Freedom House (Autor)
In 2013, Libya struggled, amid ongoing security challenges, to work toward a constitutional system following the 2011 overthrow of longtime dictator Mu’ammar al-Qadhafi. Procedures for electing a 60-member assembly tasked with drafting a new constitution were established in July by the General National Congress (GNC), and the country’s electoral commission had begun accepting nominations for candidates by year’s end.
Although the elected GNC and government continued to issue laws and decrees, their ability to enforce decisions was extremely limited. Meanwhile, growing citizen frustration, particularly with the country’s multiple autonomous militias, led to regular protests and demonstrations, some of which ended in violence as participants confronted militias at their bases. In June in Benghazi, 32 people were killed when citizens mobilized to protest abuses by the Libya Shield 1 Brigade. In Tripoli in November, 43 people were killed as demonstrators demanded the withdrawal from the capital of regional militias from Zintan and Misrata. The government of Prime Minister Ali Zeidan promised investigations into the incidents, but there were no criminal prosecutions of the militias involved.
Among other signs of weak central authority and ongoing security threats, several foreign embassies were attacked, the prime minister was briefly kidnapped, and a vehicle carrying some $55 million belonging to the nation’s central bank was robbed in Sirte. Regional militias, armed Islamist groups, international actors, criminal gangs, and smugglers all contributed to the insecurity. Harassment of women and attacks on vulnerable religious communities were serious concerns during the year. The southern border region, where illegal trafficking in arms, drugs, and people is common, has nominally been under martial law since 2012.
Political problems plagued the government, which sought to contend with the demands of both militias and civilian protesters. The independence of the GNC was challenged, notably during an incident in which militias surrounded government ministries in April and May to force the passage of a political exclusion law. The law has been criticized as too broad, potentially barring former Qadhafi officials from political life even if they had joined the opposition decades ago or defected during the 2011 revolt and contributed to the rebel victory.
In October, a regional group declared self-government in the oil-rich eastern region known as Cyrenaica, and the self-proclaimed authorities announced the creation of a separate state oil company and central bank in November. Militias advocating federalism in the region had shut down oil ports, contributing to the drop in Libya’s oil production to as low as 10 percent of the previous capacity; oil production had also been upset by militia activity and peaceful demonstrations elsewhere in the country.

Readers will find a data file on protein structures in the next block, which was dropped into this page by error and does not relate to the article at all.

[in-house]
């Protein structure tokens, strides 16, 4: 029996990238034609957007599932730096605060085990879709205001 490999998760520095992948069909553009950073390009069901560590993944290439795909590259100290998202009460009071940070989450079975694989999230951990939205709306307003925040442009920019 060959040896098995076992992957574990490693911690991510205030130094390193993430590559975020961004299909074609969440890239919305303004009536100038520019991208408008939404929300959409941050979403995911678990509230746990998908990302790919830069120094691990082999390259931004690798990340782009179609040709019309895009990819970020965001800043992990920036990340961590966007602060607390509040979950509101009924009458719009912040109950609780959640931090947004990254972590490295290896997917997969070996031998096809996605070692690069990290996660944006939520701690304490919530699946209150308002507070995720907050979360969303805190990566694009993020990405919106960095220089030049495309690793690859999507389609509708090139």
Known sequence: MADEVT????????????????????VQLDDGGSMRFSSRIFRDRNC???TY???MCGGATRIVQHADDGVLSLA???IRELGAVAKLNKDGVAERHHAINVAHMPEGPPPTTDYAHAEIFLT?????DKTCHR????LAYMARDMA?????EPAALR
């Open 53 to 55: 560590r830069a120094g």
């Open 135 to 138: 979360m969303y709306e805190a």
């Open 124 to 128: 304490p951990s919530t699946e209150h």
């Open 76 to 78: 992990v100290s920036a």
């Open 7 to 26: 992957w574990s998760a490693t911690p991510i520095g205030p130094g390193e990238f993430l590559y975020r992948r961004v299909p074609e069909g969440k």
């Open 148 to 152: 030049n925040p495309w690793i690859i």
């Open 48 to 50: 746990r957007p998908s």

A. Electoral Process: 9 / 12
The prime minister and cabinet are responsible to the 200-member GNC. The GNC, which replaced an unelected National Transitional Council, was elected in July 2012 after a series of delays prompted by continuing insecurity, the need to allow citizens more time to register, and the inability of the transitional government to investigate candidates and finalize preparations. The balloting represented Libya’s first parliamentary elections since 1965, and more than 100 parties or lists registered to compete. The National Forces Alliance, a coalition headed by the relatively liberal politician Mahmoud Jibril, led the party-list portion of the voting with 39 of 80 seats, followed by the Muslim Brotherhood’s Justice and Construction Party with 17. An array of smaller groups divided the remaining 24 party-list seats, and only independents ran for the 120 majoritarian seats. Election-related violence caused at least two deaths, but fears of extensive fighting and corruption proved unfounded, and the voting was regarded as generally free and fair.
While the GNC’s initial choice for prime minister, Mustafa Abushagur, was unable to form a government, its second choice, Ali Zeidan, was named in October, and his cabinet was approved by the Congress. The GNC was tasked with appointing a body that would draft a new constitution, but in February 2013 it decided that the entity would be directly elected instead. It passed an electoral law to govern 2014 elections for the 60-member constituent assembly in July 2013. The High National Election Commission, established as a permanent body by the GNC in March, was responsible for vetting candidates, and nomination and voter-registration processes were under way at the end of 2013.
B. Political Pluralism and Participation: 9 / 16 (-1)
The 2011 uprising created more space for free political association and participation in Libya. Under the Qadhafi regime, political parties were illegal, and all political activity was strictly monitored. While only a few parties initially organized after al-Qadhafi’s fall, the 2012 elections prompted a proliferation of over 100 parties or lists that spanned the political spectrum, from socialists to Islamists.